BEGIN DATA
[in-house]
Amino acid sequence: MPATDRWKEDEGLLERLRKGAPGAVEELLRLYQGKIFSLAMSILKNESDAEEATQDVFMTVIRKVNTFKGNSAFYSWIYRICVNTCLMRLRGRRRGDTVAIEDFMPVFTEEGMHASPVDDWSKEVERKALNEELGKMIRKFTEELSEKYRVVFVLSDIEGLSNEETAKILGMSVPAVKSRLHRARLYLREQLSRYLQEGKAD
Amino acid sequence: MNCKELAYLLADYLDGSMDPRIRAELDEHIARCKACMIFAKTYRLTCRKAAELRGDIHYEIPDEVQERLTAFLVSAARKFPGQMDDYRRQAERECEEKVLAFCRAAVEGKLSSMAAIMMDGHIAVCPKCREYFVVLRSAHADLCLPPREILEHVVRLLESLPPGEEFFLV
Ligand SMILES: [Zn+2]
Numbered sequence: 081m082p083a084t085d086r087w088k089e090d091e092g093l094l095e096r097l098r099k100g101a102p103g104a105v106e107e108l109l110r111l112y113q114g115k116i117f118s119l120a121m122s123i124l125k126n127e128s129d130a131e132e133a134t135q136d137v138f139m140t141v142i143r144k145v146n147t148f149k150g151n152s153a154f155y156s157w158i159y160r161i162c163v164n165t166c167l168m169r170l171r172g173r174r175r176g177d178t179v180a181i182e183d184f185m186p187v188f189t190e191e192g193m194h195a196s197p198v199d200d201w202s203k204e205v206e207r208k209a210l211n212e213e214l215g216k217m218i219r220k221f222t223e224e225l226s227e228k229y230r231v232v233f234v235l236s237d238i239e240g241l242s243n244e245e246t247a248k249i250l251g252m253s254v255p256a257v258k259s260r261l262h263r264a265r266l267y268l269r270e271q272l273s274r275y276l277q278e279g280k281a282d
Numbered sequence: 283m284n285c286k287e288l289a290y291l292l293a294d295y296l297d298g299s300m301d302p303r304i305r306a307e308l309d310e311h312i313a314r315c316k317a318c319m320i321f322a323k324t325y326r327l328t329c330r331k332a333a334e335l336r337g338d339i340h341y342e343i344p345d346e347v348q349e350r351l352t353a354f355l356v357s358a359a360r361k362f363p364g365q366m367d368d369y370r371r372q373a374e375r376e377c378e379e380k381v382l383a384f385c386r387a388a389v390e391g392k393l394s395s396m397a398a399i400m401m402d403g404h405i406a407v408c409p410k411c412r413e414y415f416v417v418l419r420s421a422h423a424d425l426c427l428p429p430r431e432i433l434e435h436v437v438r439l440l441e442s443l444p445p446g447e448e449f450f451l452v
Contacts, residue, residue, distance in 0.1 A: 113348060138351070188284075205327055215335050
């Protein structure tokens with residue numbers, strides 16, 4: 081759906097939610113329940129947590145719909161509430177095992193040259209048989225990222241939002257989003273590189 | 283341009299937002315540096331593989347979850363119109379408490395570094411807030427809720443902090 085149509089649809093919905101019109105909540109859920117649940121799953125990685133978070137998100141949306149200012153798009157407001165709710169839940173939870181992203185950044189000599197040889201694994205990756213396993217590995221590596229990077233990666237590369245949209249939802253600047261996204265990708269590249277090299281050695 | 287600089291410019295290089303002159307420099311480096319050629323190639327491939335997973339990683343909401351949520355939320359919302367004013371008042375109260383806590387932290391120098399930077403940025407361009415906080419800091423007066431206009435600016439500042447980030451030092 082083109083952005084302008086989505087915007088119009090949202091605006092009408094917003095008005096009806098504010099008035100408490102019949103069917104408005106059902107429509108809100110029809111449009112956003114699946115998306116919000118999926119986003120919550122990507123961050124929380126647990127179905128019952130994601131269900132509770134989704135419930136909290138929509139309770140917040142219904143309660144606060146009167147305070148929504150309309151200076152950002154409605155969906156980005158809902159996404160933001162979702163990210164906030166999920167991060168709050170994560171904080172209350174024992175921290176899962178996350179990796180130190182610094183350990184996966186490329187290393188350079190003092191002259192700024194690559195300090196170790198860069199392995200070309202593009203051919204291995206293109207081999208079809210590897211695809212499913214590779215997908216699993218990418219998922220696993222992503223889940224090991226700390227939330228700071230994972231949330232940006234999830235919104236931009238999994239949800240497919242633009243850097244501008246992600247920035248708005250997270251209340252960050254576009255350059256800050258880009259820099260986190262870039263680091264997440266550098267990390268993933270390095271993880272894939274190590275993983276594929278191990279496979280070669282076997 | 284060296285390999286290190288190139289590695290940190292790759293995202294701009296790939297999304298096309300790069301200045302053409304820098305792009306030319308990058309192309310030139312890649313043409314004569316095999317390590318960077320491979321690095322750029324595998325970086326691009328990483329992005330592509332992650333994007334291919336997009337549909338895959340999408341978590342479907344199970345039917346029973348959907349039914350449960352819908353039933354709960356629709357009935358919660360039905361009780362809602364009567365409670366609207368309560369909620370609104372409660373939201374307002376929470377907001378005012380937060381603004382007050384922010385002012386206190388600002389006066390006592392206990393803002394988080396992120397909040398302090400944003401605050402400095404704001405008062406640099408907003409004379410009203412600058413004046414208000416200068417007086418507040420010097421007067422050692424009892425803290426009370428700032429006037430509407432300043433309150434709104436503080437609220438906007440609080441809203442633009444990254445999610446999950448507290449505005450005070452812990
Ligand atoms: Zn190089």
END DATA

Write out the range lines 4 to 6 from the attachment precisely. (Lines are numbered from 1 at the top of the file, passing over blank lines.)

Ligand SMILES: [Zn+2]
Numbered sequence: 081m082p083a084t085d086r087w088k089e090d091e092g093l094l095e096r097l098r099k100g101a102p103g104a105v106e107e108l109l110r111l112y113q114g115k116i117f118s119l120a121m122s123i124l125k126n127e128s129d130a131e132e133a134t135q136d137v138f139m140t141v142i143r144k145v146n147t148f149k150g151n152s153a154f155y156s157w158i159y160r161i162c163v164n165t166c167l168m169r170l171r172g173r174r175r176g177d178t179v180a181i182e183d184f185m186p187v188f189t190e191e192g193m194h195a196s197p198v199d200d201w202s203k204e205v206e207r208k209a210l211n212e213e214l215g216k217m218i219r220k221f222t223e224e225l226s227e228k229y230r231v232v233f234v235l236s237d238i239e240g241l242s243n244e245e246t247a248k249i250l251g252m253s254v255p256a257v258k259s260r261l262h263r264a265r266l267y268l269r270e271q272l273s274r275y276l277q278e279g280k281a282d
Numbered sequence: 283m284n285c286k287e288l289a290y291l292l293a294d295y296l297d298g299s300m301d302p303r304i305r306a307e308l309d310e311h312i313a314r315c316k317a318c319m320i321f322a323k324t325y326r327l328t329c330r331k332a333a334e335l336r337g338d339i340h341y342e343i344p345d346e347v348q349e350r351l352t353a354f355l356v357s358a359a360r361k362f363p364g365q366m367d368d369y370r371r372q373a374e375r376e377c378e379e380k381v382l383a384f385c386r387a388a389v390e391g392k393l394s395s396m397a398a399i400m401m402d403g404h405i406a407v408c409p410k411c412r413e414y415f416v417v418l419r420s421a422h423a424d425l426c427l428p429p430r431e432i433l434e435h436v437v438r439l440l441e442s443l444p445p446g447e448e449f450f451l452v